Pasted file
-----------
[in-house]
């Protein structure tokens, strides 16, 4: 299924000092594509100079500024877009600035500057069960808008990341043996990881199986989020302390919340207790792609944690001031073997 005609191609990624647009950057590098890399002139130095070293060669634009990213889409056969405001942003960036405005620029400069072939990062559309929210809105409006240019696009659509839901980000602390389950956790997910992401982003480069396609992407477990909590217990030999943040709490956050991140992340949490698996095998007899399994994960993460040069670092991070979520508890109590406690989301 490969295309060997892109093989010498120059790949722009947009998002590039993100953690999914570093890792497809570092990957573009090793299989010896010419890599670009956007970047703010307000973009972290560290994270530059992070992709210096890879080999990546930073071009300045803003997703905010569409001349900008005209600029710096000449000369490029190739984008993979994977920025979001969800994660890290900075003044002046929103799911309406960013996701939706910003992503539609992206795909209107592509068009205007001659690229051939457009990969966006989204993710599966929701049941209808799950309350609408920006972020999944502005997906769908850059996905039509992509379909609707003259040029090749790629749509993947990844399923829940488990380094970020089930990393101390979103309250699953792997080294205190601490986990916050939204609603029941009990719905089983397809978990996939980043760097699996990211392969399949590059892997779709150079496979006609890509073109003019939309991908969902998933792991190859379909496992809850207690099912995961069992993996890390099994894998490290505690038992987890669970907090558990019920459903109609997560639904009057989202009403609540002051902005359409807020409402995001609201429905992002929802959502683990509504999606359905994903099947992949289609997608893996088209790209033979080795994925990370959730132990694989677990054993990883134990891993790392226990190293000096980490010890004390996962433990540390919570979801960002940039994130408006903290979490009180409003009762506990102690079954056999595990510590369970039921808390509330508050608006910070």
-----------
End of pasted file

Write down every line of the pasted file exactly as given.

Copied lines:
[in-house]
């Protein structure tokens, strides 16, 4: 299924000092594509100079500024877009600035500057069960808008990341043996990881199986989020302390919340207790792609944690001031073997 005609191609990624647009950057590098890399002139130095070293060669634009990213889409056969405001942003960036405005620029400069072939990062559309929210809105409006240019696009659509839901980000602390389950956790997910992401982003480069396609992407477990909590217990030999943040709490956050991140992340949490698996095998007899399994994960993460040069670092991070979520508890109590406690989301 490969295309060997892109093989010498120059790949722009947009998002590039993100953690999914570093890792497809570092990957573009090793299989010896010419890599670009956007970047703010307000973009972290560290994270530059992070992709210096890879080999990546930073071009300045803003997703905010569409001349900008005209600029710096000449000369490029190739984008993979994977920025979001969800994660890290900075003044002046929103799911309406960013996701939706910003992503539609992206795909209107592509068009205007001659690229051939457009990969966006989204993710599966929701049941209808799950309350609408920006972020999944502005997906769908850059996905039509992509379909609707003259040029090749790629749509993947990844399923829940488990380094970020089930990393101390979103309250699953792997080294205190601490986990916050939204609603029941009990719905089983397809978990996939980043760097699996990211392969399949590059892997779709150079496979006609890509073109003019939309991908969902998933792991190859379909496992809850207690099912995961069992993996890390099994894998490290505690038992987890669970907090558990019920459903109609997560639904009057989202009403609540002051902005359409807020409402995001609201429905992002929802959502683990509504999606359905994903099947992949289609997608893996088209790209033979080795994925990370959730132990694989677990054993990883134990891993790392226990190293000096980490010890004390996962433990540390919570979801960002940039994130408006903290979490009180409003009762506990102690079954056999595990510590369970039921808390509330508050608006910070």